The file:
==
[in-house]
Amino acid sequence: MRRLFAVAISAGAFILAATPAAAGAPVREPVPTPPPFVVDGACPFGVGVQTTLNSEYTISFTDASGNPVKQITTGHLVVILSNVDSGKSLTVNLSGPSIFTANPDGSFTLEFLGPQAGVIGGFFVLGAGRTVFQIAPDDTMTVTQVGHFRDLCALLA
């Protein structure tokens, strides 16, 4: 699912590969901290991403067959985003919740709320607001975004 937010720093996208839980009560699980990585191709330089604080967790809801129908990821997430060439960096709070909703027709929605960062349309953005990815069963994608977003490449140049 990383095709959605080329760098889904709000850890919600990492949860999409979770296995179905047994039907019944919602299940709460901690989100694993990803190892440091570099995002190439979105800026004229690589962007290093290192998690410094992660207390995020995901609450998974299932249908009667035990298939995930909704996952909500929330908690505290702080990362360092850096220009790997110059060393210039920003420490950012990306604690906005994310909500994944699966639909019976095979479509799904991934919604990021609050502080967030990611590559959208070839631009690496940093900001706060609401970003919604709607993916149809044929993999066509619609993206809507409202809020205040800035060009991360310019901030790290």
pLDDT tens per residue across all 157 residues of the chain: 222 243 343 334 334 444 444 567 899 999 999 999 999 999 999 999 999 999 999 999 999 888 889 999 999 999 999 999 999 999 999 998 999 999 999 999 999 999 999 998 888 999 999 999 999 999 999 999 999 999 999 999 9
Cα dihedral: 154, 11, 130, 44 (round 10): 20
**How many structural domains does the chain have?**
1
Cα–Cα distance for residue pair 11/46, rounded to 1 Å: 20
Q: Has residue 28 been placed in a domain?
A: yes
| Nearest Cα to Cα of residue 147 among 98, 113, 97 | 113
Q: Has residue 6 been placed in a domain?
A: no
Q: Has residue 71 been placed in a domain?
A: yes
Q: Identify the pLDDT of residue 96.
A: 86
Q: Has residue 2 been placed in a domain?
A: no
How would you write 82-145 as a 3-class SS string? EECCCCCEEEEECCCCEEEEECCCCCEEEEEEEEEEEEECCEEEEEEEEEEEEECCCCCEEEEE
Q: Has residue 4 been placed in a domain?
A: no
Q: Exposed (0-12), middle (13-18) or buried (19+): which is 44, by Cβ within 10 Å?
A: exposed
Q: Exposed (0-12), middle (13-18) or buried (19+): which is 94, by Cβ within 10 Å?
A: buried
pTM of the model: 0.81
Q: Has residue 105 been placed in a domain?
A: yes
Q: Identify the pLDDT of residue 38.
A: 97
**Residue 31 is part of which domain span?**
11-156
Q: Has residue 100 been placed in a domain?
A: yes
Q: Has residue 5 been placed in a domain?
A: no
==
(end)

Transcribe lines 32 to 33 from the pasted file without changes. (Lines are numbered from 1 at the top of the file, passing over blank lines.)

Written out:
**Residue 31 is part of which domain span?**
11-156